- Simone Preuss |
If you thought that 'Made in Bangladesh' was the cheapest in terms of production labour, think again. International buyers - Walmart, H&M, VF, PVH, J.C. Penney, Levi Strauss, Kik, Tesco, Asda to name a few - are forever resourceful and crafty when it comes to staking out yet cheaper alternatives. Currently, they are zeroing in on Africa, specifically Ethiopia and Ghana to a lesser extent, as new garment production hubs.
While minimum wage demands are rising in 'traditional' garment producing countries like Bangladesh, Sri Lanka, India and Cambodia (China's have been rising for a while), there are still countries that enforce no minimum wage. Ethiopia is one of them where monthly wages for garment workers are one third of their Bangladeshi counterparts. That's right, one third! At roughly 68 US dollars in Bangladesh, that would be close to 23 US dollars. Per month. Who can live off that?
Average monthly wage in Ethiopia is 23 US dollars
According to the "Country Reports on Human Rights Practices for 2014", the largest group of wage earners in Ethiopia earned a monthly minimum wage of 420 birrbirr, which corresponds to roughly 23 US dollars, for a 48-hour work week (in Ghana, the monthly wage comes to around 43 US dollars).
"I am happy I have a job but if I had an option, I wouldn't work for this amount of money and under these conditions," said Meseret Asrat when talking to Al Jazeera. Asrat is a 24-year-old employee at Ayka Textiles in Addis Ababa who earns 41 US dollars per month.
In the same report, Bangladesh clocked in at 1,500 taka (around 19 US-dollars) for all sectors except the garment sector where the minimum wage is significantly higher due to ongoing demands by garment workers and the international community. Which shows two things: that pressure from within an industry can make a difference (otherwise garment workers in Bangladesh would still be making as little as workers in other sectors) and that there will always be a cheaper alternative.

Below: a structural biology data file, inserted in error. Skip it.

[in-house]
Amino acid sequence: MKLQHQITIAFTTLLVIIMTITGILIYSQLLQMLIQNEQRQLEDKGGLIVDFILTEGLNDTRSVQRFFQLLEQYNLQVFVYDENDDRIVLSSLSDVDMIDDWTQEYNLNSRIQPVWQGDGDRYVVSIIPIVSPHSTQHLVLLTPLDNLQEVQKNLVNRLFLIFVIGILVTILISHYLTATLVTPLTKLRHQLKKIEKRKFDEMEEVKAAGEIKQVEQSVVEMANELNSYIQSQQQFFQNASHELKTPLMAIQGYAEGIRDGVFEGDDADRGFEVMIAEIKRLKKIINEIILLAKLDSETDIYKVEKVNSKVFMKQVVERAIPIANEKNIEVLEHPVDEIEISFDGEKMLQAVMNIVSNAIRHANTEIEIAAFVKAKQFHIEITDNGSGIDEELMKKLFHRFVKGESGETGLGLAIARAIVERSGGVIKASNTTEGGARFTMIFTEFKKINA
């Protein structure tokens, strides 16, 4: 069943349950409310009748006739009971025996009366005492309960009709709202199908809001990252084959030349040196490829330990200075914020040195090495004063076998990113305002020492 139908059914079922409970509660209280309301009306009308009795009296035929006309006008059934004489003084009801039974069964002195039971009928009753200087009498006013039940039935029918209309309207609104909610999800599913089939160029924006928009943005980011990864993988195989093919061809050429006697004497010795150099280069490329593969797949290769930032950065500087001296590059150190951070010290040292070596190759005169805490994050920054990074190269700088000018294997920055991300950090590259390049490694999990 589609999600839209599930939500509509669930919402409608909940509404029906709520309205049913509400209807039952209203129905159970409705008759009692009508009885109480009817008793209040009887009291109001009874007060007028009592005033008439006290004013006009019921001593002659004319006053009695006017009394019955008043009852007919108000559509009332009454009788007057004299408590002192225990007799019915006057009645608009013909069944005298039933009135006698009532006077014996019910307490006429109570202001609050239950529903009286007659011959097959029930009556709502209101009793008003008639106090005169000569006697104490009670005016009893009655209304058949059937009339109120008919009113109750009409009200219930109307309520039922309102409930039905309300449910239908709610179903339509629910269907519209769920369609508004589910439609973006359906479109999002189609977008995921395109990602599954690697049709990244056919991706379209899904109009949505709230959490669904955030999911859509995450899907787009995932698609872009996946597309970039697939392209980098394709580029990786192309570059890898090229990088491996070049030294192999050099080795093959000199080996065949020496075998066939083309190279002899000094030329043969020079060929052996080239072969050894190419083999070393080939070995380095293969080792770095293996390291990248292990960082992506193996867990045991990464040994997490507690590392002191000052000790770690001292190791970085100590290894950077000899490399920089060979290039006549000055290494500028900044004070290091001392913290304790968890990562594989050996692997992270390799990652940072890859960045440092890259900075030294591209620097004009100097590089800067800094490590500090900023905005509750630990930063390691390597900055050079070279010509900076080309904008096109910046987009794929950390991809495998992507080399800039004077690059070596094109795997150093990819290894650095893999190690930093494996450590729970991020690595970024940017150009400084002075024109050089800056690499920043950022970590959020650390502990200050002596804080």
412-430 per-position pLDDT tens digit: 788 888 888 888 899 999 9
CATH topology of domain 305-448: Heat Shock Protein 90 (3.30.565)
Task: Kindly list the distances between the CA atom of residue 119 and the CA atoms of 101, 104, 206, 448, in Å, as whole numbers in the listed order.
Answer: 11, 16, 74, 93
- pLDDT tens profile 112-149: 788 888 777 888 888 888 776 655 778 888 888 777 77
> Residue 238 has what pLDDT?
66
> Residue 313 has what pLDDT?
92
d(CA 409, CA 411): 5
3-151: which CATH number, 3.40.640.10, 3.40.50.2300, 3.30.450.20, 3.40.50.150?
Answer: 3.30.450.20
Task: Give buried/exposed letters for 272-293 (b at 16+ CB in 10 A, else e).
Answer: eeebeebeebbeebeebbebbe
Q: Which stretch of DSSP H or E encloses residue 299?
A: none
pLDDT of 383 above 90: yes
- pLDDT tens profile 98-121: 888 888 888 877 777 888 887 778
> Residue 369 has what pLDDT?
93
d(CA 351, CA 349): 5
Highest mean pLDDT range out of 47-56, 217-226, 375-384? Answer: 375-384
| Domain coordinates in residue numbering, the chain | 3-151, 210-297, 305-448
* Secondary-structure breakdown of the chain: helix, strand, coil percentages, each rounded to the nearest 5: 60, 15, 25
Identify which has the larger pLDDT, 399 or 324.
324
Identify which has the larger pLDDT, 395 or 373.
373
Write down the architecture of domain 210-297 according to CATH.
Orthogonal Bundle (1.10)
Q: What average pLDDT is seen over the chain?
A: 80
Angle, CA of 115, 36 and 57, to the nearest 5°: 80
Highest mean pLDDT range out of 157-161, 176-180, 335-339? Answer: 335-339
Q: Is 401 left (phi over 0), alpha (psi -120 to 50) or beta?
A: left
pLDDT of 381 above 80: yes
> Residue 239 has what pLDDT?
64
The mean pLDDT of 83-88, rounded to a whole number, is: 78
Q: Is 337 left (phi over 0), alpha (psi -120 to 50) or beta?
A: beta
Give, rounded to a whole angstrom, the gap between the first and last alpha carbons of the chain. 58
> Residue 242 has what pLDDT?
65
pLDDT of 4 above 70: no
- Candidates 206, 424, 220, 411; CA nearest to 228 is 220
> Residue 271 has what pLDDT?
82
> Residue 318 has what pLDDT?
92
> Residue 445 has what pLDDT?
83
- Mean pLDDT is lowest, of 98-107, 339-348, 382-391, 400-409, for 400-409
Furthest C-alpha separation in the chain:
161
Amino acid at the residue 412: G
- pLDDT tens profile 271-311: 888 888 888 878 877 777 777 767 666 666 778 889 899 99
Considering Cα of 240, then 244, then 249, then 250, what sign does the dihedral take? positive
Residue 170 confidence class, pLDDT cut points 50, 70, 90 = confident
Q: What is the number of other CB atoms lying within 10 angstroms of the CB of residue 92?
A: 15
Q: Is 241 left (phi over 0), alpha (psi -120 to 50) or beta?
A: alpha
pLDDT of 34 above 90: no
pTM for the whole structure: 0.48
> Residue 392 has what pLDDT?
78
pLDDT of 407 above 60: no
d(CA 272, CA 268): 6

Cheaper but not better. In the case of Ethiopia (and Ghana and other African nations), one hopes that the same mistakes that were made in Bangladesh will not be repeated. That means that safety should be of utmost importance, at the workplace in existing factories and when constructing new ones.
And there is hope. Ayka, the aforementioned factory, is Ethiopia's biggest garment exporter, employing 8,000 workers. It is one of a few textile and leather factories with a functional trade union. It also pays better wages due to pressure by one of its clients, German retailer Tchibo, and a change in management, after which the union won a 25-percent wage increase last year in a collective bargaining agreement.
Clients involvement is crucial for improvements
Pressure from clients seems to be the only way when it comes to establishing a union: "If the business owners refuse, there is not much we can do. The law is there, but the struggle to implement it is left up to us and the workers. Big foreign buyers, like in the case of Tchibo, can have a big contribution towards workers' rights", confirmed Angesom Gebre Yohannes from the Industrial Federation of Ethiopian Textile, Leather and Garment Worker Trade Unions when talking to Al Jazeera.
The old argument that buyers will stay away and find cheaper alternatives when wages rise does not hold in Africa for two reasons: For once, alternatives in Asia have been as good as exhausted, leaving few alternatives with an adequate work force and resources. Which brings us to the second reason: As a major cotton producer, Africa is one of the few places in the world where garment producers can go from fiber to factory in one location, thus reducing production times. And that's a key advantage for factory owners. Add to that the recently renewed free-trade agreement with the US and the African garment industry can make a strong point for itself.
Acting early and setting the stage right is also important when fighting for improvements: "If the government takes the necessary measures in the beginning, the industry will not be disturbed later on like we see it in the experiences of Far East Asia," said Ercan Tukoglu, general manager at Ayka Textiles.
It is not too late to avoid potential mistakes and disasters while setting up Africa's garment industry if factory owners, international buyers and consumers acknowledge the importance of fair wages, healthy workers and safe work spaces. After all, wouldn't it be amazing if "Made in Ethiopia" or "Made in Africa" stood for better products, more jobs (especially for women), safe production facilities, fair wages and fair prices?
Images: Clean Clothes Campaign